We recently produced a chart for this column demonstrating that as the market continued to climb its proverbial wall of worry, so too did the measure of options implied volatility – aka the CBOE Vix index. The chart confirmed that for fresh highs for stocks, predicated upon eternal hopes of a spring rebound in the labor market and therefore growth, the fear gauge was tracking higher. It seems that the decent February employment report, although a step in the right direction, has resolved little. Stocks are suffering from some inevitable ebbing following the latest strong flow. That in turn has prompted further defensive demand for the protection afforded by options. But to put the picture in better perspective, below is a table showing the history of volatility since just before the financial crisis toppled the global economy. The Vix index rose to 14.40 as the S&P 500 index fell back to the flat-line having reached an earlier record high.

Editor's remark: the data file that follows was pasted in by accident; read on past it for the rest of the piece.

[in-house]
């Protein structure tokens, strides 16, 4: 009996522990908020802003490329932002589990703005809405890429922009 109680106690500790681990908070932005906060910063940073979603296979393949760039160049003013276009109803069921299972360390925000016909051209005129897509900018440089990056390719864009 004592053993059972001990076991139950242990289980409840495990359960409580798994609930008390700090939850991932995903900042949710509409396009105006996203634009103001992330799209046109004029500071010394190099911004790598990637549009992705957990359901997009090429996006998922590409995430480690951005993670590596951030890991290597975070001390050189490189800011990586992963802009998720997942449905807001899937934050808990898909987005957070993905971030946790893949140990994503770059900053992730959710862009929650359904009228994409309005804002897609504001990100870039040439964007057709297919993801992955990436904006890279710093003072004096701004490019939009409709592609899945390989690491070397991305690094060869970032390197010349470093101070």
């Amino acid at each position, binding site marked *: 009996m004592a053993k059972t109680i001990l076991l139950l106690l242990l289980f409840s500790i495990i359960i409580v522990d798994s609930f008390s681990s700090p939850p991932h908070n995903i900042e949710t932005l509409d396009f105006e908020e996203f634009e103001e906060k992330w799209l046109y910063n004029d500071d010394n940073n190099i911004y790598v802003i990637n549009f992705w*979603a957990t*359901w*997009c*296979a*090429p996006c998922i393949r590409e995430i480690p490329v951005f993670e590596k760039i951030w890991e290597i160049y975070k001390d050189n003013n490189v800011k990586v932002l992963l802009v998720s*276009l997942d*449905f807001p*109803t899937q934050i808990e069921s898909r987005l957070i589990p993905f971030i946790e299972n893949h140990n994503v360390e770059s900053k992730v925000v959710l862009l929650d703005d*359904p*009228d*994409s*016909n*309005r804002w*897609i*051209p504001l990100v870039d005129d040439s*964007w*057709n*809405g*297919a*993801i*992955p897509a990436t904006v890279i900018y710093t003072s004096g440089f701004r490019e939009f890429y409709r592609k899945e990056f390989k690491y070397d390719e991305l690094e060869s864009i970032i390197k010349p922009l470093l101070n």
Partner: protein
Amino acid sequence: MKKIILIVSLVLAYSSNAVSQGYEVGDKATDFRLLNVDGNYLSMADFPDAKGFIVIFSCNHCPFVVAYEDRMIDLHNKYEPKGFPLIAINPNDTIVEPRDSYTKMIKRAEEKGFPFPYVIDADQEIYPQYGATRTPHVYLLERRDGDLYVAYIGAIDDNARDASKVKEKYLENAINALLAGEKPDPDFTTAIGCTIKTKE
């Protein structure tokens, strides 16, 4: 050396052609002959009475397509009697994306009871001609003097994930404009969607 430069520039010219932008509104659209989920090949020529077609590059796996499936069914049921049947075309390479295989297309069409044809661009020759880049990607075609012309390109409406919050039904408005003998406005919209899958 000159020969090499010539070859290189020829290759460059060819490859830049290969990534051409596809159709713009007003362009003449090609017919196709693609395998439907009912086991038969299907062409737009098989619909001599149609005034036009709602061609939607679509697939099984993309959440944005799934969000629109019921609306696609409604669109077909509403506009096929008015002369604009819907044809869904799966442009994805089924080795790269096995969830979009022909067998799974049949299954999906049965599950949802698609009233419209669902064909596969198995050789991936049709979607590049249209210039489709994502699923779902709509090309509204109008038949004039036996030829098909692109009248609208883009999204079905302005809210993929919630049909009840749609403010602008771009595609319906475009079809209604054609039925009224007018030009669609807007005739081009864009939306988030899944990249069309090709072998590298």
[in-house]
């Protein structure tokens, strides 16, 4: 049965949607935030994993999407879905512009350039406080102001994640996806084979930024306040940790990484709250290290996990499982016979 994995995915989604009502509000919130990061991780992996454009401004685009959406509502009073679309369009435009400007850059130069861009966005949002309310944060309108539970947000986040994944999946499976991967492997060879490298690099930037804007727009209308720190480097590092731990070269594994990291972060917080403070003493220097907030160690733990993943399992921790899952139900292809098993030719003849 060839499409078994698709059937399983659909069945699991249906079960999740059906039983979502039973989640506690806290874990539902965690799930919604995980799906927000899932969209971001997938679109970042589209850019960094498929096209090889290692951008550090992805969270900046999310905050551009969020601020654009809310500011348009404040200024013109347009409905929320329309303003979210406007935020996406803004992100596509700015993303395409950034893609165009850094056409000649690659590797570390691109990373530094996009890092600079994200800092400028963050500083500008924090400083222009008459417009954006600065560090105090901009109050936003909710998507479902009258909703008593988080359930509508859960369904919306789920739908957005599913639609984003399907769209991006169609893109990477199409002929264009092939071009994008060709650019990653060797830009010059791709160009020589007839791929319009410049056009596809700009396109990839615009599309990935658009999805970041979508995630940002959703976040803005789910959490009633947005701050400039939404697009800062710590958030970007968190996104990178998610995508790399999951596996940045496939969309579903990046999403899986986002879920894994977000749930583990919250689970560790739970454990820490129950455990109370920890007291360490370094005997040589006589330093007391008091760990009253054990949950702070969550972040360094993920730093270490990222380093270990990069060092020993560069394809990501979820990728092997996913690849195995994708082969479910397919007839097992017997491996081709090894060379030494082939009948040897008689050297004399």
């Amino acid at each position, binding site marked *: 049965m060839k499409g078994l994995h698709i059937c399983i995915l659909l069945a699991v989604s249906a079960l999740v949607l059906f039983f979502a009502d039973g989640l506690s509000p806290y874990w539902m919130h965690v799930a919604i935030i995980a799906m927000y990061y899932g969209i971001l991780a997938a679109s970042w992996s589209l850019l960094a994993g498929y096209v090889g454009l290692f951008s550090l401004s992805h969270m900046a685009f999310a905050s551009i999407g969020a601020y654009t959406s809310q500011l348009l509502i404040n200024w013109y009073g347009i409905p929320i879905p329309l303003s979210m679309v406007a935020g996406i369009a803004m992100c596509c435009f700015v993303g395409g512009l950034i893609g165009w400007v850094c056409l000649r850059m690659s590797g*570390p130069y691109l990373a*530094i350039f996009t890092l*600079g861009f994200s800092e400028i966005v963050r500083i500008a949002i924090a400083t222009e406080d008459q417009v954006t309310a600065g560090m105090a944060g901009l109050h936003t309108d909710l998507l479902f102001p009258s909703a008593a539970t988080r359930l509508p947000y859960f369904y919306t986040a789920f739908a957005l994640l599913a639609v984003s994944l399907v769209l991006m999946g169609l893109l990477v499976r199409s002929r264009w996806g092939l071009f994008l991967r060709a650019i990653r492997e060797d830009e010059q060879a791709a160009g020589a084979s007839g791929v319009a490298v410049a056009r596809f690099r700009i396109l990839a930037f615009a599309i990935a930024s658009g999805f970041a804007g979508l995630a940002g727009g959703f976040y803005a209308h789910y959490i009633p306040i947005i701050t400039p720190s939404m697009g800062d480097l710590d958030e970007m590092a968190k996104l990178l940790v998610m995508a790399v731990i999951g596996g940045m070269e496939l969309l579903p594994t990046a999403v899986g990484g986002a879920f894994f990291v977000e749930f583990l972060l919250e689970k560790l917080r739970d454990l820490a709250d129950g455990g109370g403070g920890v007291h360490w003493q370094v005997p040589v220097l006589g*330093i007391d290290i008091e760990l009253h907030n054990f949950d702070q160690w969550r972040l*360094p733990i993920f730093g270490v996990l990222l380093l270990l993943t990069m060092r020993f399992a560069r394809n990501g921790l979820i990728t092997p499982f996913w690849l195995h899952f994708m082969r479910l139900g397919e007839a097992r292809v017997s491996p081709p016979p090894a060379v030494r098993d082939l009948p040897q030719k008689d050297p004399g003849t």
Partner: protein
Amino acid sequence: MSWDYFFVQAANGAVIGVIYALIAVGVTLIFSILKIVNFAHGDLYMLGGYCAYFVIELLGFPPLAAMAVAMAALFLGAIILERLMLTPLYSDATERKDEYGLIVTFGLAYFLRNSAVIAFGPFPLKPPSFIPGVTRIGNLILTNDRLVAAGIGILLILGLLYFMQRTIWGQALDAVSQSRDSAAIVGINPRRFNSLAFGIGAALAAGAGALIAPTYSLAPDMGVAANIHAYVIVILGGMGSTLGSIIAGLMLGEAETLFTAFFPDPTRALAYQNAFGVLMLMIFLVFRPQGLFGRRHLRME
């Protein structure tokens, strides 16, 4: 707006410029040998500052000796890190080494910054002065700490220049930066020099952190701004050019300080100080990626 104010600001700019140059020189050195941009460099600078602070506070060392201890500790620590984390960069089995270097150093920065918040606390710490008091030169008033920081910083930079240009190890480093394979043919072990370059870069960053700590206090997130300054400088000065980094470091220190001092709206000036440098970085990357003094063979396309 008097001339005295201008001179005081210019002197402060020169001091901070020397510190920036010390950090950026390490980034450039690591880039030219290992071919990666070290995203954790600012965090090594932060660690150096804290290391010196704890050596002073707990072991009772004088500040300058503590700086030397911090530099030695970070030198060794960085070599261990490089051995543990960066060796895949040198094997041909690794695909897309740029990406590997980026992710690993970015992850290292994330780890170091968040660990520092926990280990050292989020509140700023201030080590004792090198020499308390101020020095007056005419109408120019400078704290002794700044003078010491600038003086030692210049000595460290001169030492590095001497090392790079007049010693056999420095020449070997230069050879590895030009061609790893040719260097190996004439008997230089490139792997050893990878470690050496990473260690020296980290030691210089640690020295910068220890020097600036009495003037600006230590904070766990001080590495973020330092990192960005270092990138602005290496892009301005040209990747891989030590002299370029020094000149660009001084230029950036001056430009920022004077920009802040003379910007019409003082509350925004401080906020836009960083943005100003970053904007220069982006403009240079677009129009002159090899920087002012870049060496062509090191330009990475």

Table – CBOE Volatility index – average annual reading 2006 to date
The latest reading matches the average reading for all of 2013, which was 14.25. Prior to that the average reading for all of 2012 of 17.80 was the least volatile since 2008 and as investors started to see the results of firm central bank action, even if it was uncoordinated. And proving that volatility is in a class all of its own, January despite its surge and slump was less volatile on average than both February and March so far.